Support The Moscow Times!

Government Wants Dividend Payout Based on International Accounting Standard

An obligation for state owned companies to pay dividends equaling 25 percent of their net profit as calculated under international financial reporting standards is part of a proposal by the Economic Development Ministry to promote socio-economic development, Vedomosti reported Wednesday.

"This reflects the interests of the state and private investors," according to the proposal, a copy of which was obtained by Vedomosti.

Currently, according to government regulations, state companies distribute dividends in the amount of 25 percent of net profit as calculated according to Russian accounting rules. This has resulted in conflicts with minority shareholders, who have tried to have limits increased. For example, for 2012, Transneft paid dividends of 4.9 billion rubles ($148 million) on a profit calculated under Russian standards of 10.7 billion rubles. But its profit calculated under IFRS was 184 billion rubles.

The issue revolves around filling government coffers. Last year the Finance Ministry proposed that state owned companies pay 35 percent of profit as dividends, but other government agencies said that was too much.

The Federal Property Management Agency will be reviewing a version of the policy that mandates a 25 percent payout based on international standards next week, said Viktoria Semerikov, a department head at the agency.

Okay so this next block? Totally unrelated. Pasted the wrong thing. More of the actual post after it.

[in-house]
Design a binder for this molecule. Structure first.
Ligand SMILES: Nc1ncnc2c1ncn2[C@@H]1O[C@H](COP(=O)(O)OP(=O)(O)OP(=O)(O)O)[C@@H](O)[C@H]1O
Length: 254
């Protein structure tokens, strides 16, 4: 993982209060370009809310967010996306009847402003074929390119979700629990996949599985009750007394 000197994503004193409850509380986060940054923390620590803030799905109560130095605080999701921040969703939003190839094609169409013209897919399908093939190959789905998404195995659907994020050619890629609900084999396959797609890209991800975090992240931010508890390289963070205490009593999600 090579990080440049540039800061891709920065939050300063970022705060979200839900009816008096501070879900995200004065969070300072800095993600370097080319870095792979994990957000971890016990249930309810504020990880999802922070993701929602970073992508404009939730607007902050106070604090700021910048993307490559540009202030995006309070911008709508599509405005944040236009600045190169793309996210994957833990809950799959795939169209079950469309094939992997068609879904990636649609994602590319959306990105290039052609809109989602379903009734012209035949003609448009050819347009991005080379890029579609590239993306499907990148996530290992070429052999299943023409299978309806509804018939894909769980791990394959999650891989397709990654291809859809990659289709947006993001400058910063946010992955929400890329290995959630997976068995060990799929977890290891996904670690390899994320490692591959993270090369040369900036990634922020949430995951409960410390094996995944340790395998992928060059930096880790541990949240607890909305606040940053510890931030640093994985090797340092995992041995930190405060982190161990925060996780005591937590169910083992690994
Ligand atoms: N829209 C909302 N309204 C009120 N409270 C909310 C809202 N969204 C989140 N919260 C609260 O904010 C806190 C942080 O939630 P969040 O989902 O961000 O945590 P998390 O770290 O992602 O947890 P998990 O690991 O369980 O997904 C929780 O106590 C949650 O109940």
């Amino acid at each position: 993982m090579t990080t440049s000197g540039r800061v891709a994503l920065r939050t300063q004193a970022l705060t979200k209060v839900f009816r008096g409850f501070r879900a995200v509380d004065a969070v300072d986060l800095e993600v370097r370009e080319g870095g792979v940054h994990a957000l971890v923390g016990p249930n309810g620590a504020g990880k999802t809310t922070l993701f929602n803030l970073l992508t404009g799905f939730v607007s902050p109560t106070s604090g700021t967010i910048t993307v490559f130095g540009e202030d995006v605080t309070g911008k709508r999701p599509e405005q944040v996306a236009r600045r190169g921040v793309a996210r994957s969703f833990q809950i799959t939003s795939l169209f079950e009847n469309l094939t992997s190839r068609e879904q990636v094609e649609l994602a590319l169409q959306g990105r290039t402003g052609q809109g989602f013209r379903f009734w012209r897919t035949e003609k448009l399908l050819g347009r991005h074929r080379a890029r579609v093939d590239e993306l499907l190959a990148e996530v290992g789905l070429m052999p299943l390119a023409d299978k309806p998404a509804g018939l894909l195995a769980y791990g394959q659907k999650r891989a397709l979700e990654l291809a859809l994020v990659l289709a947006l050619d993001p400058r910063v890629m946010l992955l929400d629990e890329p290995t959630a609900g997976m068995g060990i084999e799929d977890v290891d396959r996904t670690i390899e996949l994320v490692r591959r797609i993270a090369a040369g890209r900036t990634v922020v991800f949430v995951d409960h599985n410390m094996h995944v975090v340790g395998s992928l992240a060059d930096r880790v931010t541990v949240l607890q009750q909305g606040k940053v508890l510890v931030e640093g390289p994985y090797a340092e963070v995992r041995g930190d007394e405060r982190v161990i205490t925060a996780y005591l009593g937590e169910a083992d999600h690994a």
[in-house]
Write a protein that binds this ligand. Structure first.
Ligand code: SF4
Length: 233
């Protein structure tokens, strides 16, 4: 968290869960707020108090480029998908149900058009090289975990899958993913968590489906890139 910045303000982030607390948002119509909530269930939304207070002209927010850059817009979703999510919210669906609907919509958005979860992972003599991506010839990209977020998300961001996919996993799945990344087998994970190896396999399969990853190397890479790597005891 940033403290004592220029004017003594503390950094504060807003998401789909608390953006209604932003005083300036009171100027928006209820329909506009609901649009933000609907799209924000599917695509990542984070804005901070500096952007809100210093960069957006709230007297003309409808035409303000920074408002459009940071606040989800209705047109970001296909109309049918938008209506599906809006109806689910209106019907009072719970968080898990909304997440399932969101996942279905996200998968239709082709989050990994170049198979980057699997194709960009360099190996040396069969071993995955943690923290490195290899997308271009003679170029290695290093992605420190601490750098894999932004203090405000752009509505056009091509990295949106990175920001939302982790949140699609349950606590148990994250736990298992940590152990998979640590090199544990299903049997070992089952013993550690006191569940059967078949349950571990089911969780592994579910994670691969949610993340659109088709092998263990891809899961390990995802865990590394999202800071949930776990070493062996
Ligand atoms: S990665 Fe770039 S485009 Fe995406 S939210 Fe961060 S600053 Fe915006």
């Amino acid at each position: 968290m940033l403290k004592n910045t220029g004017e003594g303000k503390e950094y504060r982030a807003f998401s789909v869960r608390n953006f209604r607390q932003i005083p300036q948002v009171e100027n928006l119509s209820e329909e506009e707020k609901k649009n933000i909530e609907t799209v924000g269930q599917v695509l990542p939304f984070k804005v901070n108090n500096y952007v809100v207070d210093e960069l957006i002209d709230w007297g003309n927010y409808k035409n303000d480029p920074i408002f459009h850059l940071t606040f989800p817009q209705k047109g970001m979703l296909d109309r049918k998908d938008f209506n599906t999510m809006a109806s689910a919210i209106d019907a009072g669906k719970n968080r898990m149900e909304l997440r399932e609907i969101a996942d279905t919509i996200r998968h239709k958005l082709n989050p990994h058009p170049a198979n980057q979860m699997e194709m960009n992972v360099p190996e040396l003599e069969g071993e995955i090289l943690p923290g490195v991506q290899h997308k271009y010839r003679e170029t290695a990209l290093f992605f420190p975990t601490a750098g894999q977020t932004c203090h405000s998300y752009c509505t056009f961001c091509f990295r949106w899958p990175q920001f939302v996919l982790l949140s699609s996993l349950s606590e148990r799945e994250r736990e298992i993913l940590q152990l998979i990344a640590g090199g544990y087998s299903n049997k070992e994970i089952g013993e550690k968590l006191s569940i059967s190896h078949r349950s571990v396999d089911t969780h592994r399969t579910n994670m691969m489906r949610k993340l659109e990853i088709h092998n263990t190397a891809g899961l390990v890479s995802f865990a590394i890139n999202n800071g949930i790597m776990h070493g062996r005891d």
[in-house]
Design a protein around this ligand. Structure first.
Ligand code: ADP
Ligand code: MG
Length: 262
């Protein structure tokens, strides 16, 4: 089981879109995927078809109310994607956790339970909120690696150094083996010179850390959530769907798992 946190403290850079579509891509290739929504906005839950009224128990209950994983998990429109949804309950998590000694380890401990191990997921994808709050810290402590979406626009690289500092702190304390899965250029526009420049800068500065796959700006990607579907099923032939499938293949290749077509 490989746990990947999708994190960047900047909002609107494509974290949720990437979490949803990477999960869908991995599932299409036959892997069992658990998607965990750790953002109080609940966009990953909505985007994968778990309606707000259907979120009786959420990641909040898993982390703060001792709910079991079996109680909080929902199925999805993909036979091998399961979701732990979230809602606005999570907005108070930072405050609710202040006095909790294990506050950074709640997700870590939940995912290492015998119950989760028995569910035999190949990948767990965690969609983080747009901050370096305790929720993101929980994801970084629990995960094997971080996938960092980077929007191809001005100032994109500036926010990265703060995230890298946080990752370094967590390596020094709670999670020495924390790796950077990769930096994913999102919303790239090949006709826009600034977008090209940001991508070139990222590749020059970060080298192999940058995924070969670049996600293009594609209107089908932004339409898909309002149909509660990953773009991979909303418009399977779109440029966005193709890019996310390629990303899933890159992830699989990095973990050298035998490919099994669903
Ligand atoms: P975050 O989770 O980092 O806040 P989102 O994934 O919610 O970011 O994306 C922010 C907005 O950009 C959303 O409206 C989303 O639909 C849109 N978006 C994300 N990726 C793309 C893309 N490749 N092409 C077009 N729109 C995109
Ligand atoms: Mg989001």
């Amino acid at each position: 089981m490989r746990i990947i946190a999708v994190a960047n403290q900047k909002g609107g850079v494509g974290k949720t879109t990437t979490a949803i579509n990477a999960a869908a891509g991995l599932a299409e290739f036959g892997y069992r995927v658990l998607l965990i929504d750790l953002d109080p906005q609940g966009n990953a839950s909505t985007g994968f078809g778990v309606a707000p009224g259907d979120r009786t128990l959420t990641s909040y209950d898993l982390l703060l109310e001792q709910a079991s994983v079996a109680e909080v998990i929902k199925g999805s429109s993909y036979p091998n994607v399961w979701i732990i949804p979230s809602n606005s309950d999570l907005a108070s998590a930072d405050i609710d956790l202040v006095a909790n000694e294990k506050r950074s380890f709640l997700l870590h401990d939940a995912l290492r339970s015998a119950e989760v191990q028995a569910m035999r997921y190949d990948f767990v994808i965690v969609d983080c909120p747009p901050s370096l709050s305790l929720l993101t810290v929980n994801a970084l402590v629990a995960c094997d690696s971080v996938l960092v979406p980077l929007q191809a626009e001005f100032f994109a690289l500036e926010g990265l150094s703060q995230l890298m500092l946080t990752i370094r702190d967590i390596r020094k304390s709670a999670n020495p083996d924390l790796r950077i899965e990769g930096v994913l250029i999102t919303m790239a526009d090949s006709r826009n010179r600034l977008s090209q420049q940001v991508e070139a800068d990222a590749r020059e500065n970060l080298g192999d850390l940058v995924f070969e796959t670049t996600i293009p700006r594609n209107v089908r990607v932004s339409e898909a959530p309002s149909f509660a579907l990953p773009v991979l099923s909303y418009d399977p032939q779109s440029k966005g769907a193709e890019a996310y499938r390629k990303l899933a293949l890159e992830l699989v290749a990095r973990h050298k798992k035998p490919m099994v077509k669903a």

The Finance Ministry is satisfied for now with the 25 percent payout but the idea of paying 35 percent remains, said a source at the ministry. "Dividends from 2015 set to feed the 2016 budget are already calculated at that rate," he added.

The Economic Development Ministry said in its proposal that dividend contributions to the federal budget have grown significantly, from 10.4 billion rubles in 2002, to 213 billion rubles in 2012.

Read more

Independent journalism isn’t dead. You can help keep it alive.

The Moscow Times’ team of journalists has been first with the big stories on the coronavirus crisis in Russia since day one. Our exclusives and on-the-ground reporting are being read and shared by many high-profile journalists.

We wouldn’t be able to produce this crucial journalism without the support of our loyal readers. Please consider making a donation to The Moscow Times to help us continue covering this historic time in the world’s largest country.